Thursday, October 14, 2010

Boettke on complexity and order in economics

Peter Boettke always has an intriguing way of looking at economics. Here he presents a 2x2 matrix to classify economic perspectives:

"The rows reflect the problem situation we are find ourselves in (simple or complex), the columns reflect the outcome of our interactions (order or disorder). Neoclassical economics is found in the simple/order cell; Keynesian and market failure theory is found in the complex/disorder cell; Marxism and critics of economics are found in the simple/disorder cell. What does that leave? The complex/order cell and that is the intellectual home of the Classical economists such as Smith-Say, the Austrian school from Menger to Mises to Kirzner, and the New Institutional school of Alchian, Buchanan, Coase, Demsetz, North, Olson, Ostrom, Smith, Tullock and Williamson, etc."

To him I'm sure this makes a lot of sense, but it sounded a little odd to me. It seems to me that the only thing putting Keynesian and market failure theorists into the complex/disorder cell is the fact that they don't have a "best of all possible worlds" view of the economy. But is the economy an ordered array of human action for them? Absolutely it is! I wrote in the comment section that where I could see Austrians and Keynesians in different cells is if the matrix was a simplicity/optimality matrix. But in a simplicity/order matrix it seems like Austrians and Keynesians should both be in the complex/order cell.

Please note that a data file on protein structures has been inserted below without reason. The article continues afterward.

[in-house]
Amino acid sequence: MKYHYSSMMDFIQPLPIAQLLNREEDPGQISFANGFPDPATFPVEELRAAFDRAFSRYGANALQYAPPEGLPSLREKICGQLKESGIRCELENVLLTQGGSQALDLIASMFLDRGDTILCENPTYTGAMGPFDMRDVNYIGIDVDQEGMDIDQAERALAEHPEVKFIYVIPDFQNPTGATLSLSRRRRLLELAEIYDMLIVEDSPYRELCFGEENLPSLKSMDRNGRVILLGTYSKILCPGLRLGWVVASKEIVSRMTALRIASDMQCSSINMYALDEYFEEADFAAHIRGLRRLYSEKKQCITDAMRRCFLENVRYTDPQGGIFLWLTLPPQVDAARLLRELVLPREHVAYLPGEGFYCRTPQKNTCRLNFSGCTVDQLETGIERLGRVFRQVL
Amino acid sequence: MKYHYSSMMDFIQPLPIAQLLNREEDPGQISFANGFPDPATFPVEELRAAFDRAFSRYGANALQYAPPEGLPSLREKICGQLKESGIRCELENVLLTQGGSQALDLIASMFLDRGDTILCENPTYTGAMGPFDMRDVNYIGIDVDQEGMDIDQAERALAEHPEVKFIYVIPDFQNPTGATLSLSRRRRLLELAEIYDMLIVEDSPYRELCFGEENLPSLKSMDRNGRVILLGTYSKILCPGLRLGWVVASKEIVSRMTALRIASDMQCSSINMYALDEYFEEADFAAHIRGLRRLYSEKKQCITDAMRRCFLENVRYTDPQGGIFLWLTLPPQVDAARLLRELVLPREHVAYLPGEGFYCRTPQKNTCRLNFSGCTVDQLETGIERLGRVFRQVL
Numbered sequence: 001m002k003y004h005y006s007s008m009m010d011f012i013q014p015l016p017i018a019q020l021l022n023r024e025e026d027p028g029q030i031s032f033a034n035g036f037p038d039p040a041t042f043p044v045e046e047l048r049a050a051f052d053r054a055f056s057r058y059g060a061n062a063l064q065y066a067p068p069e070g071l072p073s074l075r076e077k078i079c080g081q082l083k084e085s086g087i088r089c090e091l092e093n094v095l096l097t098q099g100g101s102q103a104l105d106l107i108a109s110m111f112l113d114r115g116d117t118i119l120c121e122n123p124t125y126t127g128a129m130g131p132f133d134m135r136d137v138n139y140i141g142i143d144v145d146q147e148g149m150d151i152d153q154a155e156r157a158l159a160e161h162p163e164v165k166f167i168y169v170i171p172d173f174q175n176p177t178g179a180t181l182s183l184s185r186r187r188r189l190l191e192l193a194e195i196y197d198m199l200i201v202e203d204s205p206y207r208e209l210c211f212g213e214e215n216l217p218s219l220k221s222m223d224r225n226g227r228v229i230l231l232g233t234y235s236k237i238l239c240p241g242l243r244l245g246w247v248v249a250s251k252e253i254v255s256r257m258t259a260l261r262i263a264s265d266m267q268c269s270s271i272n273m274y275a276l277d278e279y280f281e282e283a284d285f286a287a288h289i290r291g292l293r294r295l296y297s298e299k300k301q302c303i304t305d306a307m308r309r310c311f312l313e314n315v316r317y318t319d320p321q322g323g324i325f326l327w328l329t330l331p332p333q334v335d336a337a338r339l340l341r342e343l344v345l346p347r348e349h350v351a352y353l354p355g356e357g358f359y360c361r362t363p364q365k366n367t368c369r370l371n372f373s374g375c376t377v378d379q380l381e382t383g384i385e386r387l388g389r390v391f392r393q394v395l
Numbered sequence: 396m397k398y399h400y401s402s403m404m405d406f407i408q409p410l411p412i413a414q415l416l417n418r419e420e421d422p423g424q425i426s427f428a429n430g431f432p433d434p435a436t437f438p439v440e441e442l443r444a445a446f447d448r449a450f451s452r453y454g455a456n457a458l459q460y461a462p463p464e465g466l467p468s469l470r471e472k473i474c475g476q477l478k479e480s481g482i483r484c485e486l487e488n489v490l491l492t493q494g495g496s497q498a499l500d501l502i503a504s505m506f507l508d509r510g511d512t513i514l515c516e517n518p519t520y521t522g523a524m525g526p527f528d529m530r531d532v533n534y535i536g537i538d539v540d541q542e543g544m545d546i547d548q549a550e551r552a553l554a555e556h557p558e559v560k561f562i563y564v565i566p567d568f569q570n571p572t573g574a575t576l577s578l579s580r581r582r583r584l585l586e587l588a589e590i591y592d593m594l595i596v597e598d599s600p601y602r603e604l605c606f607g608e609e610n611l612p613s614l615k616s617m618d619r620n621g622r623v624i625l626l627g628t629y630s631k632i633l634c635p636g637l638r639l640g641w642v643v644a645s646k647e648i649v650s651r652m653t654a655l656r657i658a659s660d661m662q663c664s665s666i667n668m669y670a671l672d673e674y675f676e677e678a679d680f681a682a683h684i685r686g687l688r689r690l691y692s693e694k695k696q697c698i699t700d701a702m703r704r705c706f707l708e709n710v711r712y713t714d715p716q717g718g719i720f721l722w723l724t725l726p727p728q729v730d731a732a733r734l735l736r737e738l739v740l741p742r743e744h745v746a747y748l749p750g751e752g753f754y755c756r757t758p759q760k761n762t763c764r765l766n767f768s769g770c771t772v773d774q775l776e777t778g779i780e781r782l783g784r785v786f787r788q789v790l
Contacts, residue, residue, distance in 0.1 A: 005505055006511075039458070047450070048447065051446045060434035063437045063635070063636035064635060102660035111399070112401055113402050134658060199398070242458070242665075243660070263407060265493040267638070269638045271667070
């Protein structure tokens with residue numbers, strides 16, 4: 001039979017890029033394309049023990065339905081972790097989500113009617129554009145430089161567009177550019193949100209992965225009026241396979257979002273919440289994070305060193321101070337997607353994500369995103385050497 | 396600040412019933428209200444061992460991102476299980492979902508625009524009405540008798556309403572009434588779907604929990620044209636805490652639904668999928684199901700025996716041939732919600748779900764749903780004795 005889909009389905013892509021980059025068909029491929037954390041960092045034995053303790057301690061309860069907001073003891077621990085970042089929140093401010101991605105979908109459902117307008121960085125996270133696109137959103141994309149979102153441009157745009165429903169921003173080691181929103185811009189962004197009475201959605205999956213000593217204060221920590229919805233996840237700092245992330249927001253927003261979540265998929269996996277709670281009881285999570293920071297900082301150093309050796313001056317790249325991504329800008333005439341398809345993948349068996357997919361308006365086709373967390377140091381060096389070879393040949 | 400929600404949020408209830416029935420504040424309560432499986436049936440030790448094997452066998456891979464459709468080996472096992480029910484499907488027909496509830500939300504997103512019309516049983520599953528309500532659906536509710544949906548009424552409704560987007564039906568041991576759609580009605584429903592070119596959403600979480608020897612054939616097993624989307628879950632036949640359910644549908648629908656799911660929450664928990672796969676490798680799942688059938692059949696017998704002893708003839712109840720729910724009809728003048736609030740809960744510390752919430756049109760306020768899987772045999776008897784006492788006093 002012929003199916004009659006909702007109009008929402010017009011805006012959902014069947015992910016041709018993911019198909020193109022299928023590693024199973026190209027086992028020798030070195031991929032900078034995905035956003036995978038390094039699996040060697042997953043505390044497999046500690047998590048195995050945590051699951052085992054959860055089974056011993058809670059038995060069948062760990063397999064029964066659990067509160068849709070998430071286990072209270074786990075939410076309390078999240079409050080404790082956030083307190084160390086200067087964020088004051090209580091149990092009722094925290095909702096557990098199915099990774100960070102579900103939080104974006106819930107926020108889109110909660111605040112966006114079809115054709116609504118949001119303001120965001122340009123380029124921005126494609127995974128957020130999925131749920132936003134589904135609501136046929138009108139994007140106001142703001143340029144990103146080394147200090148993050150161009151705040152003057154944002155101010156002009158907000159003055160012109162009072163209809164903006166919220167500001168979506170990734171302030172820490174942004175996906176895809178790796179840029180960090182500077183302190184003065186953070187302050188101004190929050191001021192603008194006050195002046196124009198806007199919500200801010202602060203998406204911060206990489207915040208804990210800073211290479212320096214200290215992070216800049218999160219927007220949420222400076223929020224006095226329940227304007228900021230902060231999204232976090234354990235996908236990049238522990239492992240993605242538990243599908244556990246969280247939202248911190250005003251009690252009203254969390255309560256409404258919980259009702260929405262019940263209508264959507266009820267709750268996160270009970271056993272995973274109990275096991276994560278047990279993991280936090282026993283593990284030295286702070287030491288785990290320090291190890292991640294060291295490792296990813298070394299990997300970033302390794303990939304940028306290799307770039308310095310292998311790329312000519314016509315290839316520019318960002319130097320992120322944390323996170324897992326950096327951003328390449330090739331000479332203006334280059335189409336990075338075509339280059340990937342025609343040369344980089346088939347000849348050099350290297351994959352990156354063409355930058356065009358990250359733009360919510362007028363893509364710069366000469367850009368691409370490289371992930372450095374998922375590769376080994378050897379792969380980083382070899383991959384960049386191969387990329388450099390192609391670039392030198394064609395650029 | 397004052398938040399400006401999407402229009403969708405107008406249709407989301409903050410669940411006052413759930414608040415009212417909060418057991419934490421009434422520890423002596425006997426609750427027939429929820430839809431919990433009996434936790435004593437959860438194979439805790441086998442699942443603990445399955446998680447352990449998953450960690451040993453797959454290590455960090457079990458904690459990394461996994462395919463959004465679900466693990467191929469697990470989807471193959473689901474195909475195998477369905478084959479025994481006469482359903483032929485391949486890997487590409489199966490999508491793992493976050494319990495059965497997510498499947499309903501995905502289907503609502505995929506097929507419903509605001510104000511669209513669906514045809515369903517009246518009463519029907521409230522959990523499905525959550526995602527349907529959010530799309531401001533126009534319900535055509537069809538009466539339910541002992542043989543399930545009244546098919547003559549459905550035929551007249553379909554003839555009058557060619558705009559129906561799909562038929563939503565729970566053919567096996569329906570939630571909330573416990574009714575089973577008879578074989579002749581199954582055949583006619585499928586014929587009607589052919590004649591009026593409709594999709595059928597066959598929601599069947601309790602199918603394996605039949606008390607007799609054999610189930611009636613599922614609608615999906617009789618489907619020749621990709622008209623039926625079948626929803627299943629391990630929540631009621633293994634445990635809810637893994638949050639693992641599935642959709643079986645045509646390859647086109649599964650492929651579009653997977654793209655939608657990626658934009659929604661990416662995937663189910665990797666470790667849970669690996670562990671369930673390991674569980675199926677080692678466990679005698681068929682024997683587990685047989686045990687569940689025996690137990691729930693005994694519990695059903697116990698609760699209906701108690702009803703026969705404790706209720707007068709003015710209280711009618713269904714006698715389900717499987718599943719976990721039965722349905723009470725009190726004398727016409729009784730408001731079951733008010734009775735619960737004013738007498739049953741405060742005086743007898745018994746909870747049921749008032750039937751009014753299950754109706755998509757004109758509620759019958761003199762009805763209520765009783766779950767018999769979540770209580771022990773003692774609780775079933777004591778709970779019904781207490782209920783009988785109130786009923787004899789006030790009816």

I would have thought the Nobel prize would have sealed this point. What is search and matching theory if not a market process theory?

I have more thoughts in the comment section of Boettke's post.


  1. The terms order/disorder are a little vague to me so I'm not sure how to evaluate Boettke's position, or yours. Does this mean something like deterministic vs. non-deterministic?

  2. It means:
    free market = paradise or animal spirits.

  3. "What is search and matching theory if not a market process theory?"

    Good point. I'm only familiar with search theory through its application to monetary economics (Kiyotaki and Wright). But sometimes I'm astonished how close search theorists get to a Mengerian/Austrian view of money.


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